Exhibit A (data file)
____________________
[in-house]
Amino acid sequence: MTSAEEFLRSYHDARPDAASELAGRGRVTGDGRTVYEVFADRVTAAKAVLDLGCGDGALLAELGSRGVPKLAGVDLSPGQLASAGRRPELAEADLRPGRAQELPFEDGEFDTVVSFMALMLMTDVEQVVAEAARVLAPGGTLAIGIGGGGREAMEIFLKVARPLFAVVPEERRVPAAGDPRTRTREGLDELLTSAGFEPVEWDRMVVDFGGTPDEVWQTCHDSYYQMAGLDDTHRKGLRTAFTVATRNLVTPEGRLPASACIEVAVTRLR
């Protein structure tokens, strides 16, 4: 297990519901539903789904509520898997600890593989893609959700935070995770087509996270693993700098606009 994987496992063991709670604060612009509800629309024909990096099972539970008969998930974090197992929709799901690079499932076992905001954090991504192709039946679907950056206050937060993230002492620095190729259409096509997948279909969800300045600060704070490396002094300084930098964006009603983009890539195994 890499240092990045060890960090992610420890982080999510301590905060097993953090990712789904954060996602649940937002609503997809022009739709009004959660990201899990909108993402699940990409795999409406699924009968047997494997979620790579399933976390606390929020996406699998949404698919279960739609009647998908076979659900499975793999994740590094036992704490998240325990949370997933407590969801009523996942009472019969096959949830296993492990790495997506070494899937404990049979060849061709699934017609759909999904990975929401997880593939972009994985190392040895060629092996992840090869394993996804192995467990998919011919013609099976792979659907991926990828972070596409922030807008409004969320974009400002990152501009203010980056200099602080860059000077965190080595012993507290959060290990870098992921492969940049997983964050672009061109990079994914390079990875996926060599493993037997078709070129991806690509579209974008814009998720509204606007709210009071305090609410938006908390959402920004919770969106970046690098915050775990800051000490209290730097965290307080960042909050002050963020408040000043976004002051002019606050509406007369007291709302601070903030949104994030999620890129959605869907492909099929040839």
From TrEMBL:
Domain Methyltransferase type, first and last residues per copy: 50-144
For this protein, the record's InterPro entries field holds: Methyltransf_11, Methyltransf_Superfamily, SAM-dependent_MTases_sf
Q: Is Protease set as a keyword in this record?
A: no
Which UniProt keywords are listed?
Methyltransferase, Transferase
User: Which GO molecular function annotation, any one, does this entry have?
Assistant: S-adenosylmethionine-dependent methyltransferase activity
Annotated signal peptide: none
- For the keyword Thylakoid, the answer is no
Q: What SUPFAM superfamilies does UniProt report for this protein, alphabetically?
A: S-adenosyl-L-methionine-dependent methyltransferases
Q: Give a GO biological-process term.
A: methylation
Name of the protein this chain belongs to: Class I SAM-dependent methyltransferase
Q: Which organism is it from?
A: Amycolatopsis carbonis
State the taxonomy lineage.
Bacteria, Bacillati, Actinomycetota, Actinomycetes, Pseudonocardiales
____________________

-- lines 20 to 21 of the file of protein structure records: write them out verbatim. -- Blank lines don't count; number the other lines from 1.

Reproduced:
Q: Which organism is it from?
A: Amycolatopsis carbonis